Home Construction Apartment building approved for former Nathan Miller nursing home site

Apartment building approved for former Nathan Miller nursing home site

A rendering of 37 DeKalb Ave. at night. Image by Papp Architects PC.

The White Plains Common Council has unanimously approved a special permit, an amended site plan and environmental findings to allow the redevelopment of the former Nathan Miller Center for Nursing Care at 37 DeKalb Ave. into a multifamily rental apartment building with 21 units. The developer is Brooklyn-based 37 DeKalb Owner LCC whose principal is Mark Moseson.

During the Aug. 5 public hearing on the project before the council vote, attorney William Null of the White Plains-based law firm Cuddy & Feder and architect Phil Fruchter of Papp Architects PC in White Plains, gave presentations.

Null said that the proposal had received favorable recommendations from the city’s Planning Board and Design Review Board.

“Our proposal includes construction of a garage within the building so that we yield 21 parking spaces both on-site and within the building,” Fruchter said. “The balance of the first floor is going to become dwelling units. Then, we have a second floor of dwelling units and a new third-floor penthouse set back from the existing building’s edge to be as deferential as possible to the existing architecture.”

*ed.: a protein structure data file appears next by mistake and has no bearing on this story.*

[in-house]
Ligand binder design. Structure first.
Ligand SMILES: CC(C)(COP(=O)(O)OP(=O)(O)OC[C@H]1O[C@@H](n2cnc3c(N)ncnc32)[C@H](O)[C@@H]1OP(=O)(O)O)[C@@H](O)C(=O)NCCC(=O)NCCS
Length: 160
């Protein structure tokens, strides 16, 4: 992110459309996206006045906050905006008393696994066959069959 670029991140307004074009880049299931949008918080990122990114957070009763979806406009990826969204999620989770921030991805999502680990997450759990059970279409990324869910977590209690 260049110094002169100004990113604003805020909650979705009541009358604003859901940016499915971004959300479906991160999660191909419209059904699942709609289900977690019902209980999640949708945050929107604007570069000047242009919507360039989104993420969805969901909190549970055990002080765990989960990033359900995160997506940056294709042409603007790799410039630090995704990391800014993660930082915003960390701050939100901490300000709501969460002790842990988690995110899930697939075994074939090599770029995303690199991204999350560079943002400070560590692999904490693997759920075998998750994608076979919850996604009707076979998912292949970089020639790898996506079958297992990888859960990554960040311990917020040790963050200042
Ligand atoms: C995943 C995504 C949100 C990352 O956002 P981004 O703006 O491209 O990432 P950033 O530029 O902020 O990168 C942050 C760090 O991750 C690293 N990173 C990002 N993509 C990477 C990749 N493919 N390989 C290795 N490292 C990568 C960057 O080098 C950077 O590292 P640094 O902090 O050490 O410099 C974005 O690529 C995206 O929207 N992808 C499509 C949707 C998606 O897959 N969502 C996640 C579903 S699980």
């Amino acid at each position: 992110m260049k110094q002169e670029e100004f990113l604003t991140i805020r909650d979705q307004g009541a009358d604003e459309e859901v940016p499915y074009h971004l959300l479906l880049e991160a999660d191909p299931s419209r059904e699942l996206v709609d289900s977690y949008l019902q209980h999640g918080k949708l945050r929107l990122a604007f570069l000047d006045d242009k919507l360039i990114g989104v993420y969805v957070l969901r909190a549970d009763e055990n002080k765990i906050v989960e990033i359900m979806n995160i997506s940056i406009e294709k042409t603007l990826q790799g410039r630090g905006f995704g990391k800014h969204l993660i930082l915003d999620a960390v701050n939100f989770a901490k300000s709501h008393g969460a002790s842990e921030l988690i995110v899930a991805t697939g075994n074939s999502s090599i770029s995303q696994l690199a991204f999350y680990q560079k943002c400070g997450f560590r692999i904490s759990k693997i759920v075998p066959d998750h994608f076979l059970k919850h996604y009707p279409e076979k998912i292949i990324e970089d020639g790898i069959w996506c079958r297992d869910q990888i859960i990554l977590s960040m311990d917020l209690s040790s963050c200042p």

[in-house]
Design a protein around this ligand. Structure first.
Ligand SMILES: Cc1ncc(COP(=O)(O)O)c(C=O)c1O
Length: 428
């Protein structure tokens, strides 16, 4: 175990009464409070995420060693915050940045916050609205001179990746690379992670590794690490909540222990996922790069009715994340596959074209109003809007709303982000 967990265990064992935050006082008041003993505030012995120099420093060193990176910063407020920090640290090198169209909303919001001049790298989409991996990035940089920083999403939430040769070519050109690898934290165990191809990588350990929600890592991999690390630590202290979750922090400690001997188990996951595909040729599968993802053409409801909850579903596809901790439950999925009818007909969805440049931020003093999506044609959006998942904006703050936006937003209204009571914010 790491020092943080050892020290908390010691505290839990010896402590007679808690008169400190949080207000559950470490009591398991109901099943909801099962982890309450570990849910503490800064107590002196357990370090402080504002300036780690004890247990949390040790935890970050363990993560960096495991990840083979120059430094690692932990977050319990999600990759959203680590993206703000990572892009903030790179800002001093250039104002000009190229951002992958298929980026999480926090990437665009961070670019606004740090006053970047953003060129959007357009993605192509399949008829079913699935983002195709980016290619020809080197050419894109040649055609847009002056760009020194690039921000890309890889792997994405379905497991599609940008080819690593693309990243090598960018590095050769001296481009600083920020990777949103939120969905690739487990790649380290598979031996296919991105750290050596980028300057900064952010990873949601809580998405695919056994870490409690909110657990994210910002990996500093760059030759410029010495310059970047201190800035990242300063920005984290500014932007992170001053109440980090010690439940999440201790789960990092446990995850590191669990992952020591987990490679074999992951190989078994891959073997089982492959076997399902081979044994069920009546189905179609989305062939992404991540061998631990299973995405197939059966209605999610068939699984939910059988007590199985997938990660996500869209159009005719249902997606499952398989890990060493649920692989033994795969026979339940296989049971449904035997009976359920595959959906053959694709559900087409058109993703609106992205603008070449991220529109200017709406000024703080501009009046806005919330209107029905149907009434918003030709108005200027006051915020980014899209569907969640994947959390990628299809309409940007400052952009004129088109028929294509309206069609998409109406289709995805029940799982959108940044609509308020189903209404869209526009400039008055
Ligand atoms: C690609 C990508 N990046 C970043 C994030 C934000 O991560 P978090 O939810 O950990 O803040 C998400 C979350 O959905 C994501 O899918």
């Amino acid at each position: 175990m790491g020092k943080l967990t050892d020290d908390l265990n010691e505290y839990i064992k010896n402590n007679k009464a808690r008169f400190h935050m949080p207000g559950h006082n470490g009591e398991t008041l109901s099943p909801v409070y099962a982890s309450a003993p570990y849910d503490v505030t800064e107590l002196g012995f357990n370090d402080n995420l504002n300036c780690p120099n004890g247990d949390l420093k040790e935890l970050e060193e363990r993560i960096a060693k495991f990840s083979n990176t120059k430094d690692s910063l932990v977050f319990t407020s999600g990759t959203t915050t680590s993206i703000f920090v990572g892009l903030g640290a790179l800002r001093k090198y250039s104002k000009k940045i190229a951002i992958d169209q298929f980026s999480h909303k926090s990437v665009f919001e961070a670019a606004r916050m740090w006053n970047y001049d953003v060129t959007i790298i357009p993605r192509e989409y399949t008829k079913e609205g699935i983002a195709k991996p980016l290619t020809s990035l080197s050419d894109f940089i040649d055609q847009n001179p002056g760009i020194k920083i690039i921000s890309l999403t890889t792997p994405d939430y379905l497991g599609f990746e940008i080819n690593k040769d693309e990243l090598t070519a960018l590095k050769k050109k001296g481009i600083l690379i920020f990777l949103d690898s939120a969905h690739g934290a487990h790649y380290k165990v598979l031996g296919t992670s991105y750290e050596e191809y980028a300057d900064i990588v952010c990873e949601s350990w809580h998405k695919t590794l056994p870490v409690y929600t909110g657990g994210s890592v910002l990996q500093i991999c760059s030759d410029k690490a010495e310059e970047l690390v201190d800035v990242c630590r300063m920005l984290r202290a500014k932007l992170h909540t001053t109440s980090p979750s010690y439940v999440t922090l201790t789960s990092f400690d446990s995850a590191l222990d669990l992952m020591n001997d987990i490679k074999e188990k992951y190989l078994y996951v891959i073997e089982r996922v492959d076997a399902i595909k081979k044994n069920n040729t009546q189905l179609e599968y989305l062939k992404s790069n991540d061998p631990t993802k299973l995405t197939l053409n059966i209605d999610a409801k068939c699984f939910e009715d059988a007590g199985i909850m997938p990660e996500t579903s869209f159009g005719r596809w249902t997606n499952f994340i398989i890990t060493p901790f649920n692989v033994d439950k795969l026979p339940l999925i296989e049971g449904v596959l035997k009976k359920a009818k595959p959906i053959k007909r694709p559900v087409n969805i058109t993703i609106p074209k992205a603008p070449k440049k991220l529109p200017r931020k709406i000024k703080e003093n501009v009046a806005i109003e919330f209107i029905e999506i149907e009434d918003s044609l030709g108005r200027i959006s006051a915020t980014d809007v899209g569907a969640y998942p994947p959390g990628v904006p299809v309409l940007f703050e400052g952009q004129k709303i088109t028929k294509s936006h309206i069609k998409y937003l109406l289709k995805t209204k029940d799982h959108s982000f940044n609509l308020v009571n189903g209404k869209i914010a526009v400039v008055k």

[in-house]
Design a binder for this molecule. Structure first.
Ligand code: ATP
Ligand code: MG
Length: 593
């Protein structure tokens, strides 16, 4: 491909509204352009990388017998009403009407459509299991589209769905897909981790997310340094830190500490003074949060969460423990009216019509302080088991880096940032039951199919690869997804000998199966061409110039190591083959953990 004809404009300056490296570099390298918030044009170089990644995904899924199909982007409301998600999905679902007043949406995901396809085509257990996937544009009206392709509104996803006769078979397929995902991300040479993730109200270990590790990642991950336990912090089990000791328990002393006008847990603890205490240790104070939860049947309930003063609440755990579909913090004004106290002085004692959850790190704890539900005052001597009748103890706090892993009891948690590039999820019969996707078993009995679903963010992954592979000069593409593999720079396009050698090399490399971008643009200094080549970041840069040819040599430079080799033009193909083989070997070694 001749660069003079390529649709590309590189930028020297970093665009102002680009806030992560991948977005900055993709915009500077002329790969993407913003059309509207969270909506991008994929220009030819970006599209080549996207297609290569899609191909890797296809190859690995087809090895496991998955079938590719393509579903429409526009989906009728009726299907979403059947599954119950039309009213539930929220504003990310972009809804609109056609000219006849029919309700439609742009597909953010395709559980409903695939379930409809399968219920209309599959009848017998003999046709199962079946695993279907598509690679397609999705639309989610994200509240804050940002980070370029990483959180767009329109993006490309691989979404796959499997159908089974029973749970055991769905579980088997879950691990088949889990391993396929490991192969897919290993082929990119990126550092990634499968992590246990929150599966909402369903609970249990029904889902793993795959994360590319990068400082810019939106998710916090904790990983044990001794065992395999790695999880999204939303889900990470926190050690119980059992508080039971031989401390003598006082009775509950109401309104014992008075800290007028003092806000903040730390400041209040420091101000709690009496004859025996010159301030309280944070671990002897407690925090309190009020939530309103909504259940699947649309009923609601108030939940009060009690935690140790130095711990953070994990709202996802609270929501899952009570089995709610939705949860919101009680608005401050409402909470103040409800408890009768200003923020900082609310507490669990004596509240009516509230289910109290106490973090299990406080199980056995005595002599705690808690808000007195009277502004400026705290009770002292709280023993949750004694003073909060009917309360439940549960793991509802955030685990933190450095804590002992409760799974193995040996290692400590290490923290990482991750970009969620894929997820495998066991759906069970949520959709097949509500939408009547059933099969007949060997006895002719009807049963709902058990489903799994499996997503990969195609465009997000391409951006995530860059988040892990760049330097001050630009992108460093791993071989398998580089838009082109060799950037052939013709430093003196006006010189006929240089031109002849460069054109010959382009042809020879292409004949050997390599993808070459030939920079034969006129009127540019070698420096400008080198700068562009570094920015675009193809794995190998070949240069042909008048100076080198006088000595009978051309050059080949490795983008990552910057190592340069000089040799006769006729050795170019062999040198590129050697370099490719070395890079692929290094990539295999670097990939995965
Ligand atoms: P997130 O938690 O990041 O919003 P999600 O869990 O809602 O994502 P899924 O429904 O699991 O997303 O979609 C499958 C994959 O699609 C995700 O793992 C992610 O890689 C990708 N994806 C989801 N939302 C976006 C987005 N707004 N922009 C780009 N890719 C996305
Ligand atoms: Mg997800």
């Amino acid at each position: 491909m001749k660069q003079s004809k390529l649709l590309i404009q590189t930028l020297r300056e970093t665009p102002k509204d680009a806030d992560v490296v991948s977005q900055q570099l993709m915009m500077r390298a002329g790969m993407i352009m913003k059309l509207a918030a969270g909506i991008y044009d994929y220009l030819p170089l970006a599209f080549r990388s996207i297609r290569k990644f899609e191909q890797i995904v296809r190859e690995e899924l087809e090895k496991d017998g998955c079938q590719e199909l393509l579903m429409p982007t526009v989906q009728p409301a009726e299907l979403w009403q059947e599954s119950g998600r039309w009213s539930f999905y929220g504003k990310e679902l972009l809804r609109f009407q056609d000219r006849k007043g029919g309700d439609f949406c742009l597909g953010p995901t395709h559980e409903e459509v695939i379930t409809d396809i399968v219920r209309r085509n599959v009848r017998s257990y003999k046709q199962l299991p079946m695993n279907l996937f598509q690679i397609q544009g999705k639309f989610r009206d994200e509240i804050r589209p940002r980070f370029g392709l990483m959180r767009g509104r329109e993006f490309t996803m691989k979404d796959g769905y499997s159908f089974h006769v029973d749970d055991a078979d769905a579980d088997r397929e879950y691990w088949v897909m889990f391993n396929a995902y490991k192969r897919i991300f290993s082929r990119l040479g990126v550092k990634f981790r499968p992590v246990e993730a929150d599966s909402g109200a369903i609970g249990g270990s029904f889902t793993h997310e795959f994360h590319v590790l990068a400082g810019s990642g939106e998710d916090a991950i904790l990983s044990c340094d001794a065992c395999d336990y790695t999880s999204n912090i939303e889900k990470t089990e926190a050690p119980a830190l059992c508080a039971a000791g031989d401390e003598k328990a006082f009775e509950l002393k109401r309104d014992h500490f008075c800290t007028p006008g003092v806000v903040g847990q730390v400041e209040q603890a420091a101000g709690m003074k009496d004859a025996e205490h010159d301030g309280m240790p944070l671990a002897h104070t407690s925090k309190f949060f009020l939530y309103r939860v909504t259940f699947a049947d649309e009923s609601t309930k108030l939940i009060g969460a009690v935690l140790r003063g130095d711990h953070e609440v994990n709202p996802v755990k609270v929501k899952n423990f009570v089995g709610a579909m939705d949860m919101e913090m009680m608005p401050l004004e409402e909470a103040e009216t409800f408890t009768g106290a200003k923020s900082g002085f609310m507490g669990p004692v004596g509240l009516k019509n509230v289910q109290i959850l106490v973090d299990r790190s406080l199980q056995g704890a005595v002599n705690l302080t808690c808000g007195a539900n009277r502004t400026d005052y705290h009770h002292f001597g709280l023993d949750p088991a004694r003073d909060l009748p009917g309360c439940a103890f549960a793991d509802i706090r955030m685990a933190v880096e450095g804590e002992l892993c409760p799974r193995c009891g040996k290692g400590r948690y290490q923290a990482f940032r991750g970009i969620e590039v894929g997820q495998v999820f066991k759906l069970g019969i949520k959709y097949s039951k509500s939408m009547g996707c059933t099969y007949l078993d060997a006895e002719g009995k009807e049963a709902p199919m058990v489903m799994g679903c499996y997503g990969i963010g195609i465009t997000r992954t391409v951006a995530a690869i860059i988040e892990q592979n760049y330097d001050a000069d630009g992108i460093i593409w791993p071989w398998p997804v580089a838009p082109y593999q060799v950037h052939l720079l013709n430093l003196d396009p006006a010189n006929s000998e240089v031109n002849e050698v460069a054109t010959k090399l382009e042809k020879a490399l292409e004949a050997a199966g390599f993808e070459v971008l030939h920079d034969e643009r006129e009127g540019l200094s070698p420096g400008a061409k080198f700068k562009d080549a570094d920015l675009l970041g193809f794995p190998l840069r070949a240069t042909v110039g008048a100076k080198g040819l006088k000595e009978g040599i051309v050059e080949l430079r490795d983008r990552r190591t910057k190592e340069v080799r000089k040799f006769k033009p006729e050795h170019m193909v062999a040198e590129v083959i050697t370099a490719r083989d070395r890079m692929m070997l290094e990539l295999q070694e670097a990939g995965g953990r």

Fruchter subsequently told the Business Journal that the building was originally designed in the mid-1960s by architect William Breger, who was a student of Bauhaus School founder Walter Gropius. It was a school of architecture, design and the applied arts that  existed in Germany from 1919 to 1933.

While showing the council renderings of what would be built, Fruchter said, “You can see the existing structure is preserved, cleaned and restored. New glass infill and wood panels are provided and the new third story is rendered as discreetly as possible. There are also active photovoltaic panels (solar cells) on the roof in addition to filtration systems, a high-energy building envelope and introduction of natural daylight into the core of the building to the greatest extent possible.”

Ken Kristal, who lives across the street from the Nathan Miller site and is a board member of the Carhart Neighborhood Association, said, “It’s been too many years since the Nathan Miller nursing home closed its doors and it’s been a long and arduous journey to get to this night, but on behalf of the residents of Carhart I urge you to support this project and vote yes,” which is what the Common Council did.

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